Policy Research in Macroeconomics

To save the climate – don’t listen to mainstream economists

Wikimedia Commons: Bush fire at Captain Creek central Queensland Australia.

Ann Pettifor’s The Coming First World Debt Crisis (Pettifor 2006) was the first book to warn of the approaching 2007 Global Financial Crisis. More than decade after that crisis, its cause—excessive private debt, created primarily to finance asset bubbles rather than productive investment—is still with us, while we are entrapped in a pandemic crisis, and on the cusp of a climatic one.

Figure 1: Private debt levels over the history of capitalism

Looking forward to the next ten years, and given so little has been done to stabilize the system, stagnation was the likely outcome of the residue of private debt, but Covid has altered the equation to make a crisis, without a boom before it, the likely outcome.  The first two crises were ignored by mainstream economists and politicians until after they struck. We cannot afford to behave the same way towards the third—but unfortunately, we already have.

The first book to warn of an impending climate crisis was published in 1972: the Club of Rome’s Limits to Growth (Meadows, Randers et al. 1972). Almost immediately, its warnings were dismissed, and its methods derided, by William Nordhaus (Nordhaus 1973), who in 2018 was awarded the so-called “Nobel Prize in Economics” (Mirowski 2020) for his economic analysis of climate change. In his Nobel lecture, Nordhaus assured the world that climate change, though important, was no big deal: the future course for the economy that would minimize the sum of damages from climate change, and the costs of mitigating climate change, would see global average temperatures stabilize at 4°C above pre-industrial levels in 2150.

Figure 2: Nordhaus’s “Nobel” lecture slide 6. The optimal path stabilizes temperature at 4°C above pre-industrial levels in 2150

Nordhaus also predicted that, including all the costs from Global Warming, global GDP in 2150 would be a mere 4% smaller than it would have been in the absence of climate change (Nordhaus 2018, p. 345).

This is delusional. Nordhaus’s sanguine conclusions depend upon a range of assumptions that, even for a discipline famed for crazy “let’s assume a can opener” assumptions, are breathtakingly absurd. Two key assumptions are:

  • that activities not exposed to the weather are unaffected by climate change, so that 87% of GDP takes place “in sectors that are negligibly affected by climate change” (Nordhaus 1991, p. 930); and
  • that the relationship between temperature today and GDP today can be used as a proxy for the impact of climate change (Tol 2009, p. 32). Since this is a very weak relationship, then even a 10°C increase in global temperature would be no big deal—to cite Nordhaus’s collaborator Richard Tol “10K is less than the temperature distance between Alaska and Maryland (about equally rich), or between Iowa and Florida (about equally rich). Climate is not a primary driver of income.”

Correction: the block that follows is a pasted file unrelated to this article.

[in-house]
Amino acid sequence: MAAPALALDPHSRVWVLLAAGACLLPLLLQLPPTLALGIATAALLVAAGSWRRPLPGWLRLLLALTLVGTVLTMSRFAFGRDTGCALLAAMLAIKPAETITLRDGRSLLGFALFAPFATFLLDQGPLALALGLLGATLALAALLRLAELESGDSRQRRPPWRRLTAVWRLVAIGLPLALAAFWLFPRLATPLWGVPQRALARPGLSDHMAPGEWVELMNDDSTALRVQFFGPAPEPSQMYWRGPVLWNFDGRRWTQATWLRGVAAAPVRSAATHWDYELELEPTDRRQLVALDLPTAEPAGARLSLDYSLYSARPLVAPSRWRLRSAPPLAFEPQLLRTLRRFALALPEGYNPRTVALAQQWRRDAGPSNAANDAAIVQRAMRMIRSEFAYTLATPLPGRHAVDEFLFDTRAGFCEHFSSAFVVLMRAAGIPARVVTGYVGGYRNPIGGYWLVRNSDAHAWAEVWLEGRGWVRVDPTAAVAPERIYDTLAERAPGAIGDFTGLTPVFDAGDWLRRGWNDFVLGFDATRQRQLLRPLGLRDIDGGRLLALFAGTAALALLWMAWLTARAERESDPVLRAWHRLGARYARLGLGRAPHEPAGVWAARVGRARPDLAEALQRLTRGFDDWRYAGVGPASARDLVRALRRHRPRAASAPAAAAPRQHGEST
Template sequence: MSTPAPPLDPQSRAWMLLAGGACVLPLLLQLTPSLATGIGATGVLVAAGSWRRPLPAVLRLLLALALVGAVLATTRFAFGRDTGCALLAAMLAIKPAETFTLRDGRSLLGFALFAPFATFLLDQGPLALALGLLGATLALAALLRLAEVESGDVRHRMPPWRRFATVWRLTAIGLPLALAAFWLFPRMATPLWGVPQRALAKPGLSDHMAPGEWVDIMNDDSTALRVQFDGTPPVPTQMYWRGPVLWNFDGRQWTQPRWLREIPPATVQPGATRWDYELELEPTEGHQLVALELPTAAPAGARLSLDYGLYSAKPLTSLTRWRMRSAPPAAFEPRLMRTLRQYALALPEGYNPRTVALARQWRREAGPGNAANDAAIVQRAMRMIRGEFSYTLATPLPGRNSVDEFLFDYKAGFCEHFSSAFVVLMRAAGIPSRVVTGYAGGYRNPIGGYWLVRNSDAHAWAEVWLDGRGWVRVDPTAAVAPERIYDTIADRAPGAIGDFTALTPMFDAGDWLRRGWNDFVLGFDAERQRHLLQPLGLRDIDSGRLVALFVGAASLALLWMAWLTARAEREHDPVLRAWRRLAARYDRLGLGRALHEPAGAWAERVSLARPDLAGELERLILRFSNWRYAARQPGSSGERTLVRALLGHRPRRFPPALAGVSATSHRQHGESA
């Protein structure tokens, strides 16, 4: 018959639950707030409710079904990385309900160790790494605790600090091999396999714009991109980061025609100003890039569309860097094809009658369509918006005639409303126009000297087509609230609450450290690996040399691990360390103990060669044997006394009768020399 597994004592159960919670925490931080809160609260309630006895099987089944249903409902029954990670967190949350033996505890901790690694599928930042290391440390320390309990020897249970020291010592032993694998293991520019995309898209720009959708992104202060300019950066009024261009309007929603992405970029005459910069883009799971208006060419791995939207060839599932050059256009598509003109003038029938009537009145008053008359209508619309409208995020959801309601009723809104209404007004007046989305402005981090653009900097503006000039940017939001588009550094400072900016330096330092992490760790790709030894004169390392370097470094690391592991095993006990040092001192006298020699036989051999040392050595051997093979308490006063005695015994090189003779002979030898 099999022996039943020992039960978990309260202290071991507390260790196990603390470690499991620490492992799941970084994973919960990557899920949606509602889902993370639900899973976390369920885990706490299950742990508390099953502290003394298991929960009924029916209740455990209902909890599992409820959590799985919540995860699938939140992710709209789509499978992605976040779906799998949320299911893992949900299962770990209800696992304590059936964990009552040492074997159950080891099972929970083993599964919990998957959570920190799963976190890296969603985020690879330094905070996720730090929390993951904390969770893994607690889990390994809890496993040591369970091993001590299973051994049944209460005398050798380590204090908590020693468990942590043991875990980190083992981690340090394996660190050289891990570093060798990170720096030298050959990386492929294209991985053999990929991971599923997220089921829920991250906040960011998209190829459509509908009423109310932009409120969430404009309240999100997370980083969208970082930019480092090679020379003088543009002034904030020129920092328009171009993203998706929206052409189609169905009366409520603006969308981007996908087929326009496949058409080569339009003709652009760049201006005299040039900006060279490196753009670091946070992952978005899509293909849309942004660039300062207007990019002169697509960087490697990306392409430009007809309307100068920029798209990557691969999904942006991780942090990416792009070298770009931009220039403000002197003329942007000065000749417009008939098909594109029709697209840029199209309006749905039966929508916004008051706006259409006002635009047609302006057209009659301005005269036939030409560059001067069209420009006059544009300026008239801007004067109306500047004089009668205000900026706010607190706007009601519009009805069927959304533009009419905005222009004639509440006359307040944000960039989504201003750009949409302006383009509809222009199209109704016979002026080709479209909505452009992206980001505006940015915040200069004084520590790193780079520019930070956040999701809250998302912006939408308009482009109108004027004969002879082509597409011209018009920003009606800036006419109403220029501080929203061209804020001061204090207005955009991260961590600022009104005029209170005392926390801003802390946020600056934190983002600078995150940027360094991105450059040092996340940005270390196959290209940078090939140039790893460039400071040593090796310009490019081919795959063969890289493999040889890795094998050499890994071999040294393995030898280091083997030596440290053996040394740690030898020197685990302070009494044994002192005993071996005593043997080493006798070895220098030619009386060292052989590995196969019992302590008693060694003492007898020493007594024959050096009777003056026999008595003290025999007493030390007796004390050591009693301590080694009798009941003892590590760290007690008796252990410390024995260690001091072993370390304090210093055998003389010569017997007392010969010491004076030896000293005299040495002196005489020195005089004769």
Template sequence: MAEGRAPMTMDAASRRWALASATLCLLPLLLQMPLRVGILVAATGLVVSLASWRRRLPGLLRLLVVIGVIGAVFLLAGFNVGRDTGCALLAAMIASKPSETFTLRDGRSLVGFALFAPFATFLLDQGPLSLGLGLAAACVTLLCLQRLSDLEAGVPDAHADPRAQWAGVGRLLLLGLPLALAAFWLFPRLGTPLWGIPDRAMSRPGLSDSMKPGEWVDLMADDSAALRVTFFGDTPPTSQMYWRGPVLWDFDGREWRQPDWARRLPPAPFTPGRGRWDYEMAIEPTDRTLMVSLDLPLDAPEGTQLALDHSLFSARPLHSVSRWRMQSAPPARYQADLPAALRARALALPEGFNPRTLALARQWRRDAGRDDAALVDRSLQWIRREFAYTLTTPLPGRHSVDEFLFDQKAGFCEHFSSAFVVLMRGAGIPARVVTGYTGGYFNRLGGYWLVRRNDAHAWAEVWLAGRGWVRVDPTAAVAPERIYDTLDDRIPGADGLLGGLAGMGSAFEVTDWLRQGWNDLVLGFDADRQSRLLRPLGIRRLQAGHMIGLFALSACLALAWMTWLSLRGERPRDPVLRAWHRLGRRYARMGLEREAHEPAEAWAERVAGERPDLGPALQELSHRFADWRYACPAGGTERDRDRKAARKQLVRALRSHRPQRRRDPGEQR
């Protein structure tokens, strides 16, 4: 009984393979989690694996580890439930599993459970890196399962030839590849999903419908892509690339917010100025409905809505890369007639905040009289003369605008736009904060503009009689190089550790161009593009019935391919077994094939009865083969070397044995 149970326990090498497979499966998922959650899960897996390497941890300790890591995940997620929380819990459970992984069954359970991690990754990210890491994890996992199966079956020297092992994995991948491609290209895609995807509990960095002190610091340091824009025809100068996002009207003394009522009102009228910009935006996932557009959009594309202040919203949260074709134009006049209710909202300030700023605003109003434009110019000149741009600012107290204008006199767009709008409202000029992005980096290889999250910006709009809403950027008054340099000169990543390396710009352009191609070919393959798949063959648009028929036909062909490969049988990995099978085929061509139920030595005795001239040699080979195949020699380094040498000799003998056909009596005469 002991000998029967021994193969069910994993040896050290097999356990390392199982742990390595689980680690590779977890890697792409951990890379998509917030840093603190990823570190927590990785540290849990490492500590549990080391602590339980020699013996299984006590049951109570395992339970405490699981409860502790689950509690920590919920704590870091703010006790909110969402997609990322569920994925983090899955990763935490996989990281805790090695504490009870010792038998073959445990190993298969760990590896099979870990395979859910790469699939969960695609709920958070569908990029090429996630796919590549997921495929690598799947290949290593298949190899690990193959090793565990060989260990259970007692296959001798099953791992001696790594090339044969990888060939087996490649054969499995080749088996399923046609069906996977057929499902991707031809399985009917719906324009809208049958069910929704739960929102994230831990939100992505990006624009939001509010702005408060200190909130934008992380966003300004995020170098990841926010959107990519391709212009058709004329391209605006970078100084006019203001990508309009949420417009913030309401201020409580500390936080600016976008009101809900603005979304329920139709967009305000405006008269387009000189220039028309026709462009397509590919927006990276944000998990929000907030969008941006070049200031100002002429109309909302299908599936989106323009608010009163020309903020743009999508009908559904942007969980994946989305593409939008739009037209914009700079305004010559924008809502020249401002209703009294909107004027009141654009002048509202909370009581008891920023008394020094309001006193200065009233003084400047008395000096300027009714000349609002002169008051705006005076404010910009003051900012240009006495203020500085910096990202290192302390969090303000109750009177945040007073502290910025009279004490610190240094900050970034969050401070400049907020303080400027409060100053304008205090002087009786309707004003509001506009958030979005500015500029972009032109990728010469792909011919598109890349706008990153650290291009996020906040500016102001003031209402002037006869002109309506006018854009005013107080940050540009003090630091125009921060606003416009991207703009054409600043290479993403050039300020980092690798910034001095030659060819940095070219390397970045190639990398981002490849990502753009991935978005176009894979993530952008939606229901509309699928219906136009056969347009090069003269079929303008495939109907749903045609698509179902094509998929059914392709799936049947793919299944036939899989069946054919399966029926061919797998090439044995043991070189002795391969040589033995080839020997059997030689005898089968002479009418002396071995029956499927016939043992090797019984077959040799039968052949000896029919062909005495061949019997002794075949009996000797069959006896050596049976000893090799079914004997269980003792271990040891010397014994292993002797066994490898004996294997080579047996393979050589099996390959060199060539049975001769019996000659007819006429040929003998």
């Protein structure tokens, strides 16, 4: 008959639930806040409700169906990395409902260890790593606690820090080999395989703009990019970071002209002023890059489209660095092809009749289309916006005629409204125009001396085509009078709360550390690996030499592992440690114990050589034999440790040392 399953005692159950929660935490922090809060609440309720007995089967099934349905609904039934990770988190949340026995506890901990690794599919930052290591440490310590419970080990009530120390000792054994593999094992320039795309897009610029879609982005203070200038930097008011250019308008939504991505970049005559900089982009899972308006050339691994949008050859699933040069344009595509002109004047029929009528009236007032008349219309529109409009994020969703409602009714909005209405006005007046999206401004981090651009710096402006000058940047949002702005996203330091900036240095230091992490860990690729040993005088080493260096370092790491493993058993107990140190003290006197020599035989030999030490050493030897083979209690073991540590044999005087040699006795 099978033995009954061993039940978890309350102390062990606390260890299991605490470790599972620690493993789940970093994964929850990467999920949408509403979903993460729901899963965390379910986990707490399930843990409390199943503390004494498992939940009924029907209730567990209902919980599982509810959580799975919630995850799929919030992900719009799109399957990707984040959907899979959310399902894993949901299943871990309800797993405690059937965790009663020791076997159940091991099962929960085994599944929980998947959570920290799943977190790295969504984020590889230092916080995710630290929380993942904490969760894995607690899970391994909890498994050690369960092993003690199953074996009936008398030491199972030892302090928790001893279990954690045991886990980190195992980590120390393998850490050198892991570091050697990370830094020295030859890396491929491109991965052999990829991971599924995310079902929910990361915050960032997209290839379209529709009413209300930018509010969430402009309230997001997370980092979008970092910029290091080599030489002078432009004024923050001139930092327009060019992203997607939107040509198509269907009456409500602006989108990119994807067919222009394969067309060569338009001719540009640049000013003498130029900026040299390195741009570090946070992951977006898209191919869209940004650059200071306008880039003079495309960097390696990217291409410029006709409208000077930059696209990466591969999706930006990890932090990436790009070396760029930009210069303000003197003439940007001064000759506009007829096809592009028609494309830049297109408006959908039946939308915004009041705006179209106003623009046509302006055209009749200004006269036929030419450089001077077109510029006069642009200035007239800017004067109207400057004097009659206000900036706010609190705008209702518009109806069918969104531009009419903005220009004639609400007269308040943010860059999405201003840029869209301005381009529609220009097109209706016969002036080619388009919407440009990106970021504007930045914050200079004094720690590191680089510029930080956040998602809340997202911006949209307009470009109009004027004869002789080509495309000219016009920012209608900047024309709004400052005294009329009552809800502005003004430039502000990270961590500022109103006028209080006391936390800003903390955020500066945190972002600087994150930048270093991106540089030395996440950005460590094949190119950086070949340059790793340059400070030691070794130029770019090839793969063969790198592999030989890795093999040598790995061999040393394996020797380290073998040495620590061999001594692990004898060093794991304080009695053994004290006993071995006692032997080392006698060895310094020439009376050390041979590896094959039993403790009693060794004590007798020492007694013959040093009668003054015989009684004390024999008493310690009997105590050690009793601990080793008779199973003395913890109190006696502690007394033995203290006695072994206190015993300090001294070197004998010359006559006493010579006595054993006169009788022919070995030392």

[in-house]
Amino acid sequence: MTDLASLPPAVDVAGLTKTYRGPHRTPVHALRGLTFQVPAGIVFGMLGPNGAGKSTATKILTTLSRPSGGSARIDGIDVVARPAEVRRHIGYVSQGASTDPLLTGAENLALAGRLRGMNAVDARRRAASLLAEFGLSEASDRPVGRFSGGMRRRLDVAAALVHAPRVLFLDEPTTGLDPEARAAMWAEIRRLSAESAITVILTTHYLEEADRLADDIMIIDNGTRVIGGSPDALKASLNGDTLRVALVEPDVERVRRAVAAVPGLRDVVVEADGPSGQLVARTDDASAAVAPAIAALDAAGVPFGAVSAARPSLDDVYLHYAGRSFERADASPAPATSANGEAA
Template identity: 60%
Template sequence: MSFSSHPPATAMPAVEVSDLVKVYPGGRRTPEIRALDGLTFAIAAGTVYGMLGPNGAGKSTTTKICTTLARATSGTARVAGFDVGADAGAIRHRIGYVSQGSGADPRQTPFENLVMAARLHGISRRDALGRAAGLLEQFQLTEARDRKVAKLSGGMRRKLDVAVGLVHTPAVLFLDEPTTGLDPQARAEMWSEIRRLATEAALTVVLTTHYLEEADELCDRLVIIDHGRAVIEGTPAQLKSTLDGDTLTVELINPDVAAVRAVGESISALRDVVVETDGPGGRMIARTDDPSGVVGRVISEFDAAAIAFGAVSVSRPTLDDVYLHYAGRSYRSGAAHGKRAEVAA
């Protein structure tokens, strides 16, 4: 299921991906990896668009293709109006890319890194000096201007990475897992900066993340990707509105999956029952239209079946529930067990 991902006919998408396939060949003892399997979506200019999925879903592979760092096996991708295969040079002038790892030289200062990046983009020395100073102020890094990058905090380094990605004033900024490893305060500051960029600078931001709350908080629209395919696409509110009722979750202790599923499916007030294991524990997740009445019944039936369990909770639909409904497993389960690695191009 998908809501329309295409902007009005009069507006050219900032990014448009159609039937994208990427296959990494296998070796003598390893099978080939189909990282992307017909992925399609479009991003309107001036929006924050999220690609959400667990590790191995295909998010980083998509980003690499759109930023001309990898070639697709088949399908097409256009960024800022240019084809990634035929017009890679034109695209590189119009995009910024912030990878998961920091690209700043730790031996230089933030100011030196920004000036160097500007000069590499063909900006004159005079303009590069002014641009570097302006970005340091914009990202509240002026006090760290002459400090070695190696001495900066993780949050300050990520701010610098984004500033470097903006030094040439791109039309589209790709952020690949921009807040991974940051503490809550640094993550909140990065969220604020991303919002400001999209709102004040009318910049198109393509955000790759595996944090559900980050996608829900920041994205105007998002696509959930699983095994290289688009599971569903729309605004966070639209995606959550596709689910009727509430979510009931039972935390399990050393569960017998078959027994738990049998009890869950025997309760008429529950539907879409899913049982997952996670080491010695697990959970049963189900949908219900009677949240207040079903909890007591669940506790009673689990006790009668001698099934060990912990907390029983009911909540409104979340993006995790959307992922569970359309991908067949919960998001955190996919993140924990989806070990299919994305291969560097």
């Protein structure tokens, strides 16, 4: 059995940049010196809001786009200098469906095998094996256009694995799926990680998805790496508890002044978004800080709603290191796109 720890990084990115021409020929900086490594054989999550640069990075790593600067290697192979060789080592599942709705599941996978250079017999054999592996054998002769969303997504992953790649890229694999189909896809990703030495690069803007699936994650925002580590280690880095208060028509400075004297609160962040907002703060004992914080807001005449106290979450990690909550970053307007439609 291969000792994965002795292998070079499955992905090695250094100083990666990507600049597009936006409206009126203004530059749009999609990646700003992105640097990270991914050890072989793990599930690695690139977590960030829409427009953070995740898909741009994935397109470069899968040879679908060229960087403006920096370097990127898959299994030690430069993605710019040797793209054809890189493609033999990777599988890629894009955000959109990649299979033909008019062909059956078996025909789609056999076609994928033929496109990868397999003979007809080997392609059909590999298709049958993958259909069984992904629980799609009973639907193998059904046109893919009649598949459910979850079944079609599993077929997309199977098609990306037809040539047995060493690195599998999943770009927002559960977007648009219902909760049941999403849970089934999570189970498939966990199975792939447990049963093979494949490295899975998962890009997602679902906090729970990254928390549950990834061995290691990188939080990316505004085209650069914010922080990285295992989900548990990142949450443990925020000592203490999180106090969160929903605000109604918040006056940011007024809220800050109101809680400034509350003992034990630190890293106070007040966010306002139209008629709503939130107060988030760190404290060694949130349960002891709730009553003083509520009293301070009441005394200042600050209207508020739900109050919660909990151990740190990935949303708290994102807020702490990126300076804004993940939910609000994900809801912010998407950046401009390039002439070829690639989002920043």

Table 1: Extract from Nordhaus’s breakdown of economic activity by vulnerability to climatic change in US 1991 $ terms (Nordhaus 1991, p. 931 )

SectorPercentage of total
Negligible effect 
Manufacturing and mining26.0
Other transportation and communication5.5
Finance, insurance, and balance real estate11.4
Trade and other services27.9
Government services14.0
Rest of world2.1
Total “negligible effect”86.9

Since these assumptions are manifestly false (Keen 2020), so too are Nordhaus’s reassuring estimates of damages from climate change. Unfortunately, politicians still take the advice of mainstream economists seriously, even after their failure to anticipate the Global Financial Crisis. Consequently, the world is even less prepared for the approaching Global Climate Crisis than it was for the Global Financial Crisis.

By following the advice of economists, we have drastically overshot the capacity of the biosphere to sustain human civilization. We need a substantial reduction in the human ecological footprint, rather than a continued expansion of GDP, which means “de-growth”, not growth. The market mechanisms that mainstream economists prefer will not be able to cope, just as they have been unable to cope with Covid-19. Wartime measure like carbon rationing will be necessary, and government finance in the form of a Green New Deal will be required to finance the transition to a sustainable economy.

Will we manage this? The shambolic management of the Covid-19 crisis by Europe and the USA doesn’t give much hope, but countervailing this pessimism is the success in suppressing the virus of a number of countries with vastly different governmental systems and standards of living. So there is hope. A first step, as Ann Pettifor demonstrated over a decade ago, is to stop listening to mainstream economists.

Keen, S. (2020). “The Appallingly Bad Neoclassical Economics of Climate Change.” Globalizations.

Meadows, D. H., J. Randers, et al. (1972). The limits to growth. New York, Signet.

Mirowski, P. (2020). The Neoliberal Ersatz Nobel Prize. Nine Lives of Neoliberalism. D. Plehwe, Q. Slobodian and P. Mirowski. London, Verso: 219-254.

Nordhaus, W. (2018). “Projections and Uncertainties about Climate Change in an Era of Minimal Climate Policies.” American Economic Journal: Economic Policy 10(3): 333–360.

Nordhaus, W. D. (1973). “World Dynamics: Measurement Without Data.” The Economic Journal 83(332): 1156-1183.

Nordhaus, W. D. (1991). “To Slow or Not to Slow: The Economics of The Greenhouse Effect.” The Economic Journal 101(407): 920-937.

Pettifor, A. (2006). The Coming First World Debt Crisis. New York, Palgrave Macmillan.

Tol, R. S. J. (2009). “The Economic Effects of Climate Change.” The Journal of Economic Perspectives 23(2): 29–51.

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